The Overview: Don’t call them heroes. But these six Californian teens have powers that set them apart. They can do stuff ordinary people can’t. Take Ethan, a.k.a. Scam. He’s got a voice inside him that’ll say whatever you want to hear, whether it’s true or not. Which is handy, except when it isn’t—like when the voice starts gabbing in the middle of a bank robbery. The only people who can help are the other Zeroes, who aren’t exactly best friends these days. Enter Nate, a.k.a. Bellwether, the group’s “glorious leader.” After Scam’s SOS, he pulls the scattered Zeroes back together. But when the rescue blows up in their faces, the Zeroes find themselves propelled into whirlwind encounters with ever more dangerous criminals. And at the heart of the chaos they find Kelsie, who can take a crowd in the palm of her hand and tame it or let it loose as she pleases. Filled with high-stakes action and drama, Zeroes unites three powerhouse authors for the opening installment of a thrilling new series. -Goodreads

The Review:

I’ve been eyeballing this book for a while. I’m a fan of Scott Westerfeld’s Uglies series and thought the premise (teens with special abilities – a concept that never seems to get old) sounded right up my alley. And I liked it!

Before diving in, I wondered if the name Zeros was a coincidence, or if they were trying to pay a cheeky nod to the show Heroes. I’m not sure which is the case, but there were many similarities between the two. The introduction of several gifted characters that slowly revealed their ties to one another was the biggest common thread, although the show did this more expansively.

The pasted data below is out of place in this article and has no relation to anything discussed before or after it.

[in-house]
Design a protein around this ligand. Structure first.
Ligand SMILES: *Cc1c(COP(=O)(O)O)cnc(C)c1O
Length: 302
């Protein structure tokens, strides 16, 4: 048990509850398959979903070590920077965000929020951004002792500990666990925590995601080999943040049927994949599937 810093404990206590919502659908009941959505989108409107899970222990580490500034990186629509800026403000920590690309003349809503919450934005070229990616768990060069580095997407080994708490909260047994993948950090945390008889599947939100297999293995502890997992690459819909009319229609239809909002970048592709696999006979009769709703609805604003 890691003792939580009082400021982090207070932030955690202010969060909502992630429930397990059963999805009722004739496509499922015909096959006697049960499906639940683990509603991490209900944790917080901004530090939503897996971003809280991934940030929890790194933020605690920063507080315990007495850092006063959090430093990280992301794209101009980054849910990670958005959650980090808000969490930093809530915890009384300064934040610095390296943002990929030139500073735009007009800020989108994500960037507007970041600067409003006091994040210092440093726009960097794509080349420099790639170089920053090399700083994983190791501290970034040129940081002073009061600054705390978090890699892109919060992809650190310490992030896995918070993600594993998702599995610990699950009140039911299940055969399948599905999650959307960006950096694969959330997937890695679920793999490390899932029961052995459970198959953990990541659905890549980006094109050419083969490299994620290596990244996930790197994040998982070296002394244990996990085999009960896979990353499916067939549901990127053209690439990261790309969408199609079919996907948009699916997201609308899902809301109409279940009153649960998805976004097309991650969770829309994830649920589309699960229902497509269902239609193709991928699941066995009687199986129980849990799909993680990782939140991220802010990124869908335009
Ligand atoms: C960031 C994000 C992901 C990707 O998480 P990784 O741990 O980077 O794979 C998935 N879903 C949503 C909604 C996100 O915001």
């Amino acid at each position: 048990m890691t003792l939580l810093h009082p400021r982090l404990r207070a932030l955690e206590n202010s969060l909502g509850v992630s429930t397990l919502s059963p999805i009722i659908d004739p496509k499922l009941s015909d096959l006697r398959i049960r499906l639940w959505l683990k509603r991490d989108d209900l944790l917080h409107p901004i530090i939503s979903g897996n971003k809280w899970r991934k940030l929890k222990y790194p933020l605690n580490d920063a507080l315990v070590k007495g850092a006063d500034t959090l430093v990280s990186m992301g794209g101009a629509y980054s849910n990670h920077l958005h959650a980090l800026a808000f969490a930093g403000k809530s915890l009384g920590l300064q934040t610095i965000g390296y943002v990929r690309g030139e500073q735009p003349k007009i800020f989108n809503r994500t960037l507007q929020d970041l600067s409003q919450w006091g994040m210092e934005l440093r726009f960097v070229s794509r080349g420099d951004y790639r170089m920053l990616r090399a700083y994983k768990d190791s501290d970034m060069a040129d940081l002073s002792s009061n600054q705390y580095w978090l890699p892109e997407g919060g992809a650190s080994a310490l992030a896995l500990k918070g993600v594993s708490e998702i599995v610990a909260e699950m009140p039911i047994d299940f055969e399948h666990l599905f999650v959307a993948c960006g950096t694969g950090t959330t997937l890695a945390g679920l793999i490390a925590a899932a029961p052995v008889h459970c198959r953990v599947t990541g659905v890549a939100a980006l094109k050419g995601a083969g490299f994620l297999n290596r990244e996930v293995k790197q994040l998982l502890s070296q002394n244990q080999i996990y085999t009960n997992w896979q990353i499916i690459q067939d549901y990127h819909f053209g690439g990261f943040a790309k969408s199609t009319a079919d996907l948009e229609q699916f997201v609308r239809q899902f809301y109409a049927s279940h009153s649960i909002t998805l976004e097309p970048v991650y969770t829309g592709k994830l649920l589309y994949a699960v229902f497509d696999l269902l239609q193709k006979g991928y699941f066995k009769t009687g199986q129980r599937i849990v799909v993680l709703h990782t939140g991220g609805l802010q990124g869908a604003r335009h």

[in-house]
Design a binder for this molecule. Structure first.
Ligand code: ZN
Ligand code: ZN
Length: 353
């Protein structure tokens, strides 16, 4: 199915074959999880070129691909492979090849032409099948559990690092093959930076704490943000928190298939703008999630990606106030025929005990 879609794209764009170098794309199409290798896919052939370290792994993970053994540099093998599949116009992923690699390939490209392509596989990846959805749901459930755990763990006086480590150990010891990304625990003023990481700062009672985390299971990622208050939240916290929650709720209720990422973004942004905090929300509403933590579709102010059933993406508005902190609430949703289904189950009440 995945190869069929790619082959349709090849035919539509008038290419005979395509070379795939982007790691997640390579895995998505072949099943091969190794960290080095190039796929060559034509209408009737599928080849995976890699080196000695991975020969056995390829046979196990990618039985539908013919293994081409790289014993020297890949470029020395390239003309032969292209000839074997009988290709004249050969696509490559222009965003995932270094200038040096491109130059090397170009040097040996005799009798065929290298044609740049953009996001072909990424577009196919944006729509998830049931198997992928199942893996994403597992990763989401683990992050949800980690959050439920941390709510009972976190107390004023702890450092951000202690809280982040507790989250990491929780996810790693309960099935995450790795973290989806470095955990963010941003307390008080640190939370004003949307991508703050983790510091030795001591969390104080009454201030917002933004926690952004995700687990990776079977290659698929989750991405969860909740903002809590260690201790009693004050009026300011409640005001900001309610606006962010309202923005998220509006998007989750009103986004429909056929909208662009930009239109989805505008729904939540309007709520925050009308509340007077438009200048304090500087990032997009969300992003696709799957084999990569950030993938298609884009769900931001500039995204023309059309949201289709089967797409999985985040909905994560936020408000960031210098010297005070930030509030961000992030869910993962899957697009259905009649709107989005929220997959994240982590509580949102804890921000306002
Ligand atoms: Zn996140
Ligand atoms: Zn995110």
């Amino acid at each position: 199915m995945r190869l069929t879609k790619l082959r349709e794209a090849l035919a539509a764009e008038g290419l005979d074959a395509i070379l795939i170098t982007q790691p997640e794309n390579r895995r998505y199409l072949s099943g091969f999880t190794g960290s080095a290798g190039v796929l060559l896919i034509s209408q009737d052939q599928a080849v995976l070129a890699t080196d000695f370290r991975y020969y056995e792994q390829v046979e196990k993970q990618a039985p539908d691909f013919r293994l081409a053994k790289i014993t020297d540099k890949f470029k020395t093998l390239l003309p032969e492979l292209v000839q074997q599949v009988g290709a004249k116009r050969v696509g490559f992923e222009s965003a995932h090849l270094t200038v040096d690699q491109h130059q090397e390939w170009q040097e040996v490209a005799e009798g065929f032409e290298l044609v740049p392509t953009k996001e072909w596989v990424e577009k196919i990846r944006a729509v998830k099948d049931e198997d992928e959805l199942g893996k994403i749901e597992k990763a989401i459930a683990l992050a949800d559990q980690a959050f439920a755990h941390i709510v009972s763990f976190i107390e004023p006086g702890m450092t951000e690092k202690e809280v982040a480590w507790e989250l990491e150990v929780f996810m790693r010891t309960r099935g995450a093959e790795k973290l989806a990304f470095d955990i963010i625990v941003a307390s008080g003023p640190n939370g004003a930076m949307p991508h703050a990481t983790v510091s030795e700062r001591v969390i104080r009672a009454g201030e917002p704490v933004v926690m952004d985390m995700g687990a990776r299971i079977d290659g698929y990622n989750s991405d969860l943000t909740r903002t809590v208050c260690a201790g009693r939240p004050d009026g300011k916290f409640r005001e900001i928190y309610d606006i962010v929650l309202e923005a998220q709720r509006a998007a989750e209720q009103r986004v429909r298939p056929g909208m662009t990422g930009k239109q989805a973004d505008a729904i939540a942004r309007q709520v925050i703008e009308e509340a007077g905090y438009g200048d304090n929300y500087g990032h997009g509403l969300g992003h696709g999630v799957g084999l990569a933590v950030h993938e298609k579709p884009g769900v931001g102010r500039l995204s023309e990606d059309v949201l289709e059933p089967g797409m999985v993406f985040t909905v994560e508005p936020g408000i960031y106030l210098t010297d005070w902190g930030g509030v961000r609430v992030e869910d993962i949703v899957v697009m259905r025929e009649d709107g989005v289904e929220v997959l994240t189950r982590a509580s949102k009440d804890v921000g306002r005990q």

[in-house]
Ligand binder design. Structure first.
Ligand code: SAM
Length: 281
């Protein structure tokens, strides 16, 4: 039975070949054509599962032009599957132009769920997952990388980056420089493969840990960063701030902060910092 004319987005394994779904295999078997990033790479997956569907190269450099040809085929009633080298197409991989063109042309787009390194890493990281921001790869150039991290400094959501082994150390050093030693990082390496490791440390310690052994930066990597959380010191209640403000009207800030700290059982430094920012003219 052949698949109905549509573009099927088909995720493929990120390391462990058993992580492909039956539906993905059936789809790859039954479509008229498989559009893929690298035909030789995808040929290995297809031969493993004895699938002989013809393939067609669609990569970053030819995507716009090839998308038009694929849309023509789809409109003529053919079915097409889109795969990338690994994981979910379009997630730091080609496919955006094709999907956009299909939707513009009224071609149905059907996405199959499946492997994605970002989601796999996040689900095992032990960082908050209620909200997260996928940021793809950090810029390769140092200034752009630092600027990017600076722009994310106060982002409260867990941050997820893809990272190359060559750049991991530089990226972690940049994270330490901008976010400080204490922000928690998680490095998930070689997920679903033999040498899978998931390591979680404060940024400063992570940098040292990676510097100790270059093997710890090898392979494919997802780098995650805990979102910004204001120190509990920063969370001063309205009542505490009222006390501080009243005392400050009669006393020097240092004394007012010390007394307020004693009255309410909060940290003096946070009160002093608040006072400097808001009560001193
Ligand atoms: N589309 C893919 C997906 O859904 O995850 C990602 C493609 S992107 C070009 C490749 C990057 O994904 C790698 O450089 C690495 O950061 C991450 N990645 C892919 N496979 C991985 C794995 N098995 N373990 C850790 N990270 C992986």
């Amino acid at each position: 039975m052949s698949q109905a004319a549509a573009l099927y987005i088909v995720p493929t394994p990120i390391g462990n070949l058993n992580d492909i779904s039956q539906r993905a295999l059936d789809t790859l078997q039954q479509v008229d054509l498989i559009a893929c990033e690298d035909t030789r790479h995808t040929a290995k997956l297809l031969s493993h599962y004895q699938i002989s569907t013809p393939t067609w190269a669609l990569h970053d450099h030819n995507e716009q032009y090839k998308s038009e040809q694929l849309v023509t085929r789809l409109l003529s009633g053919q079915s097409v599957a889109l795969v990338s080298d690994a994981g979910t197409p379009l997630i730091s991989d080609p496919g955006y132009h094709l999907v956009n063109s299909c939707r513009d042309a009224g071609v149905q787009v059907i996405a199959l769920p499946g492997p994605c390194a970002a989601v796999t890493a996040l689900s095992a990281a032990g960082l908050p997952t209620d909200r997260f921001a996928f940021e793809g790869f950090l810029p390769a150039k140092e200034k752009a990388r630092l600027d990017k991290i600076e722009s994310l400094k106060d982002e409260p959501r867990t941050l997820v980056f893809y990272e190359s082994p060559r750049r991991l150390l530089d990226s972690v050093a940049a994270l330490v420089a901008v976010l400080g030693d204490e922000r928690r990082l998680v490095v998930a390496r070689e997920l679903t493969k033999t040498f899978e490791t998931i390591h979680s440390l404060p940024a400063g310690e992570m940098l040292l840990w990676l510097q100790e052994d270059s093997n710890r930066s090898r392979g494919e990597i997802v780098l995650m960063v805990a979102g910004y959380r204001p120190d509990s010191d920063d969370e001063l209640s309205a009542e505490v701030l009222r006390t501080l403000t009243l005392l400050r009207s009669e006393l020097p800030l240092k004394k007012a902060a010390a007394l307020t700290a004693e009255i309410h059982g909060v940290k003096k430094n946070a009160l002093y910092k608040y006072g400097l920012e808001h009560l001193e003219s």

The beginning was great – I found myself hooked immediately. Where Heroes was broader in its conflicts, I found Zeros more narrowly focused. Almost to the point where I wasn’t sure I cared, to be honest. All the troubles in the book were created by the characters’ actions (which felt inconsequential in the whole scheme of things). I actually thought most of the drama would come from other gifted teens on the “wrong” side of morality, which was very much not the case. In a way, it’s good that it wasn’t totally predictable, but at the same time, fixing screw ups isn’t quite as compelling as good vs. evil.

Even so, what kept me reading were the characters and how cool their powers were. I’m always drawn to the most mysterious character, so Anonymous – the Zero who people can’t remember, was my favorite. But they were all compelling in their own way. That said, I didn’t actually like all the characters. The first one introduced had an interesting power, but the more I learned about him, the more of an ass he turned out to be. There’s not really one main character in the book, but readers have a tendency to latch onto the first one introduced as an indication that their plot-line is going to be the most important. I don’t hold the entire book responsible for the dislike of one character, and actually liked the bit of antihero variety it added to the story, but at the same time if I could just punch him in the face I’d feel a lot better…

Overall, Zeroes was a decent 3 star (I liked it) book, but not the best I’ve read in the genre. That said, I’m definitely still picking up the second book and look forward to what the future holds for these interesting characters. There are so many directions the authors could take next, and I’m excited to jump on for the ride.